Priestly Ordination - Deacon Shammi Perera

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Priestly Ordination
Deacon Shammi Perera
8 December 2012

My Dear Friends,

There are, I believe many reasons why this date the 8 December was considered to be an appropriate occasion for the Priestly Ordination of Deacon Shammi to take place. It is, as we know, a very important date in the Calendar of the Church, the Feast of the Immaculate Conception – when the Church recognises that in the case of Mary, in recognition of her unfolding role as the Mother of God, it would not be her fate to experience the effects of original sin in the way every other human person does.

The religious congregation of the Oblates of Mary Immaculate have had a strong presence in the founding and building up of the Catholic Church in Sri Lanka, the homeland of our candidate for priestly ordination. In his preparation for the priesthood, the Oblates played a very large part as the formators in the seminary, and the same religious congregation continues to have a very significant influence in the Church in Sri Lanka right up to the present day.

In the plan of God however, Shammi would be directed more towards serving as a diocesan priest, and as we know, he later came in contact with us just two years ago. From that time, considerable discernment has taken place on his part and on ours, and today we see the culmination of the discernment with the final step to priestly ordination.

It has all come at a considerable price, for Shammi himself, with the call to leave his homeland permanently, and also for his mother Evelyn, who we are very honoured to have present with us on this very special occasion, along with Shammi’s Brother, Lalindra and Sister-in-Law, Sriyani, his aunt Nelline,  Sabina and Yasmin, both more distant relatives, but still close to the family, and also Sr. Shermila, a Sister of the Good Shepherd congregation in Colombo. We are very aware of the sacrifice that is involved, and we wish to assure you that we will continue to thank God for the gift of Shammi to us and to the Church in Tasmania. Our commitment is to take good care of our newest priest.

The life that you Shammi, are called to live, the message you are called to give, the celebration you are called to lead, are very much in harmony with the Feast of the Immaculate Conception. You, dear Shammi, like Mary, are also saying “Yes” to the invitation to commit yourself to the vocation of a priest. Like Mary, you have heard the call, no doubt you also have expressed some of your doubts and fears along the way, have made further enquiries and finally come to a point of saying “Yes” my Lord.

The Feast of the Immaculate Conception reminds us of the 'Yes' of Jesus. It is something that St. Paul dwelt on frequently, namely that the responses of Jesus was not alternatively yes and no, but they were always yes.  This is the same Jesus in whom we were all chosen before the foundation of the world. This is the Jesus who, though in the form of God, did not think equality with God to be something to hold onto, but rather, he was ready to say Yes to emptying himself to taking the form of a slave, yes to coming in  human likeness, and indeed Yes to death on the cross.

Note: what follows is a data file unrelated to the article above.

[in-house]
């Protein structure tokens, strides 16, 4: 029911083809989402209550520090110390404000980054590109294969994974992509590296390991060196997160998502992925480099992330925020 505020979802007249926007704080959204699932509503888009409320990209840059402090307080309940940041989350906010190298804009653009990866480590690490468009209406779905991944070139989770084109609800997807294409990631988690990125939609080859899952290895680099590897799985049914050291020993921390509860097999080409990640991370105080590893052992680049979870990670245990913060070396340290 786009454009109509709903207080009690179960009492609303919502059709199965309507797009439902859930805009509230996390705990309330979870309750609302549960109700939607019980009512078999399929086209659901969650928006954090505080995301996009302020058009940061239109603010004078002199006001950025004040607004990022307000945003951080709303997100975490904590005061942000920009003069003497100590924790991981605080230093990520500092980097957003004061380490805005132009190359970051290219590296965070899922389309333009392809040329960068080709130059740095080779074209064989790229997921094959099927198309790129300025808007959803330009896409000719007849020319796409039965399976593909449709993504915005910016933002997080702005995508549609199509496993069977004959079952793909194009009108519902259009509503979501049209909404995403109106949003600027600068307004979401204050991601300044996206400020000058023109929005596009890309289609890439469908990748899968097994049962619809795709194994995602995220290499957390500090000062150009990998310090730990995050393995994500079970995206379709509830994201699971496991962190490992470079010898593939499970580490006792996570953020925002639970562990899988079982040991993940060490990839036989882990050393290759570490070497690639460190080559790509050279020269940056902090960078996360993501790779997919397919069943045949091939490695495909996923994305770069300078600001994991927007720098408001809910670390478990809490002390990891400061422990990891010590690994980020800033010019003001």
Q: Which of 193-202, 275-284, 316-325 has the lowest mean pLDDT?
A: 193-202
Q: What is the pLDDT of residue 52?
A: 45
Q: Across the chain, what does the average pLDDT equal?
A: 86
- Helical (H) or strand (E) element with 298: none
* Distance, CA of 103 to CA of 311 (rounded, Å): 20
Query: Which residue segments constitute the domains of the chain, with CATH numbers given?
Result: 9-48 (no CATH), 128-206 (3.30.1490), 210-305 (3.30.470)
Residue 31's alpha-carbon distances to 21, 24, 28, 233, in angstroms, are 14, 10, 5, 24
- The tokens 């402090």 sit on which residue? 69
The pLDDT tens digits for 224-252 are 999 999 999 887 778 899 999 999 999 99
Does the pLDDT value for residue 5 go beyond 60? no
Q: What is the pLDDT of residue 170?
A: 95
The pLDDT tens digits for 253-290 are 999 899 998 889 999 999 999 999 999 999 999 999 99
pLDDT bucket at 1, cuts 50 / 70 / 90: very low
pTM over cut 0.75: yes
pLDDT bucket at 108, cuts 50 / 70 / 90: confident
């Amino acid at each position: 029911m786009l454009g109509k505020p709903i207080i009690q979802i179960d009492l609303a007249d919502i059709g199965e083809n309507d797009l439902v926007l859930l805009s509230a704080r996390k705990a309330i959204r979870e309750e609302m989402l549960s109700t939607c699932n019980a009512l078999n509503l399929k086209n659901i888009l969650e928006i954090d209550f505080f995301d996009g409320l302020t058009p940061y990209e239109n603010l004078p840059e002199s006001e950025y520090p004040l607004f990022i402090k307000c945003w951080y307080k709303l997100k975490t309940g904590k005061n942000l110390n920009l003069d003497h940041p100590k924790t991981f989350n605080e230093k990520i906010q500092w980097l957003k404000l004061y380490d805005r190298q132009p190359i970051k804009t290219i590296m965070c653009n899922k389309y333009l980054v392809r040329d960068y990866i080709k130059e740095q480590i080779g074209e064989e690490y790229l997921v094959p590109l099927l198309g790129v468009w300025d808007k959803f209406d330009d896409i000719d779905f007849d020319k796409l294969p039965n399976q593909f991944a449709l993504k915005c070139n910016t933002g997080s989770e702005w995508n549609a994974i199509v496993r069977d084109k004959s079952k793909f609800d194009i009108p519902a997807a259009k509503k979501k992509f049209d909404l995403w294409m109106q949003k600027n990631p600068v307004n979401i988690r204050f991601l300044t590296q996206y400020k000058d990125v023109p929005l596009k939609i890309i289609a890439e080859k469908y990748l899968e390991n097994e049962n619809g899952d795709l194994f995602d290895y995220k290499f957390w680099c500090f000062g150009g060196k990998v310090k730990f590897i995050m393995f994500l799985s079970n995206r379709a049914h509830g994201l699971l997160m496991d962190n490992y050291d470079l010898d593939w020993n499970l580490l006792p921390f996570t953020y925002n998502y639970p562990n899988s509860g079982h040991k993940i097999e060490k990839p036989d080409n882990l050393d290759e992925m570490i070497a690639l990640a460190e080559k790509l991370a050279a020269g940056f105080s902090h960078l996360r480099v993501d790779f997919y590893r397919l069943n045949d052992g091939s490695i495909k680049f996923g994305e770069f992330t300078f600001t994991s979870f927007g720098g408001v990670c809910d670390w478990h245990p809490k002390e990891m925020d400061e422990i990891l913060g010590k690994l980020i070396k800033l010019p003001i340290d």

One of the pleasing experiences that I believe many of us share, is to recognise the way in which a relationship has grown quickly and strongly between you, Shammi, and the people of the Archdiocese, and in particular, the members of the community here in the Cathedral Parish. I am sure it is a great comfort to you, and a reassurance that this is where, in the plan of God, you are meant to be as a priest.

It is that theme of relationship which completely dominates the understanding of the priesthood – relationship with Jesus, relationship with creation, relationship with others in the priesthood, and relationship with the People of God. In this Year of Grace, we are all encouraged to “contemplate the face of Jesus.” It is our relationship with him, where the process all begins.

As you begin your life as a priest, you will be called upon to take up more strongly the call to evangelisation. In the time when the Oblate Missionaries first when to Sri Lanka, evangelisation was more understood as moving beyond the boundaries of the Catholic Community, or into the nations where Christianity was no well established in earlier centuries. 

It is common today to speak about the new evangelisation, not in the sense that it has a different purpose, but that it is undertaking in a new and indeed challenging environment of indifference and in some instances of hostility.

I now invite everyone to surround you with their love and prayers, as we invite the assistance of the Saints at this most special moment in your life. But just before we do, I invite you, Shammi, when called to come forward and to make your profession of Faith before God, the Church, and those who here with you today.